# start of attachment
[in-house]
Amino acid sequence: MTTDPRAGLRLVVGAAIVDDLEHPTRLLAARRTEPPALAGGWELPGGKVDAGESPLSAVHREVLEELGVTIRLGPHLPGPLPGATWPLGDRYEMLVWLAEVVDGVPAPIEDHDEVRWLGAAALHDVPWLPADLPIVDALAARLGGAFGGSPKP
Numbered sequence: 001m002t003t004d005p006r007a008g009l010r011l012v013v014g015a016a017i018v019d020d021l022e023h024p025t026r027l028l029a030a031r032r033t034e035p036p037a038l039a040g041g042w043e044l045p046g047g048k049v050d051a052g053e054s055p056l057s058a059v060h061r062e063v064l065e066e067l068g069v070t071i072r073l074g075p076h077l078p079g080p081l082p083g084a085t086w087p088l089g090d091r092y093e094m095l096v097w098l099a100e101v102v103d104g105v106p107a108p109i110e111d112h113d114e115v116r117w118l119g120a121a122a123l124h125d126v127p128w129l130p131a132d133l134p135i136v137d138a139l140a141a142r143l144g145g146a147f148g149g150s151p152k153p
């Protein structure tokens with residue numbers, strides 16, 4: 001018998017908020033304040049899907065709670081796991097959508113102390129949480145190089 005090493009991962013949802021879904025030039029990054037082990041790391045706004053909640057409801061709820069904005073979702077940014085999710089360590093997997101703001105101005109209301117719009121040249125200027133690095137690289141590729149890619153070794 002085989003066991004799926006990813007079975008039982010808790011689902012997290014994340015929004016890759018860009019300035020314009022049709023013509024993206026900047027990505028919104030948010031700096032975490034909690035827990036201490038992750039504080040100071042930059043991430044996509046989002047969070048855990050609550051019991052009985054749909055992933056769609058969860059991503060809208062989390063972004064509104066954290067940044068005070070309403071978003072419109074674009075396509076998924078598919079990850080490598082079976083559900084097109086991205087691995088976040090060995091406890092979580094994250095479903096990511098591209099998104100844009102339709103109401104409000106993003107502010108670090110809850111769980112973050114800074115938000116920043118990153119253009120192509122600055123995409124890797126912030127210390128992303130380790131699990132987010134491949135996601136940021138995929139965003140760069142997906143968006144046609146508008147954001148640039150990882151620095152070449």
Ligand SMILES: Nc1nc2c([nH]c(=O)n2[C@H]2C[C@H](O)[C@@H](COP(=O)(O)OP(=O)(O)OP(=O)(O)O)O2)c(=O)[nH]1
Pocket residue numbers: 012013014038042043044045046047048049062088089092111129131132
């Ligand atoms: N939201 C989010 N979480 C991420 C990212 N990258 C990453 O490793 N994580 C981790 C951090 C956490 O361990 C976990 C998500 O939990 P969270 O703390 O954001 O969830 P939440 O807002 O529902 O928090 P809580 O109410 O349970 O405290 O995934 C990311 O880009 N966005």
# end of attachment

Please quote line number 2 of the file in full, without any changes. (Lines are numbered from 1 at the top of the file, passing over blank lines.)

Amino acid sequence: MTTDPRAGLRLVVGAAIVDDLEHPTRLLAARRTEPPALAGGWELPGGKVDAGESPLSAVHREVLEELGVTIRLGPHLPGPLPGATWPLGDRYEMLVWLAEVVDGVPAPIEDHDEVRWLGAAALHDVPWLPADLPIVDALAARLGGAFGGSPKP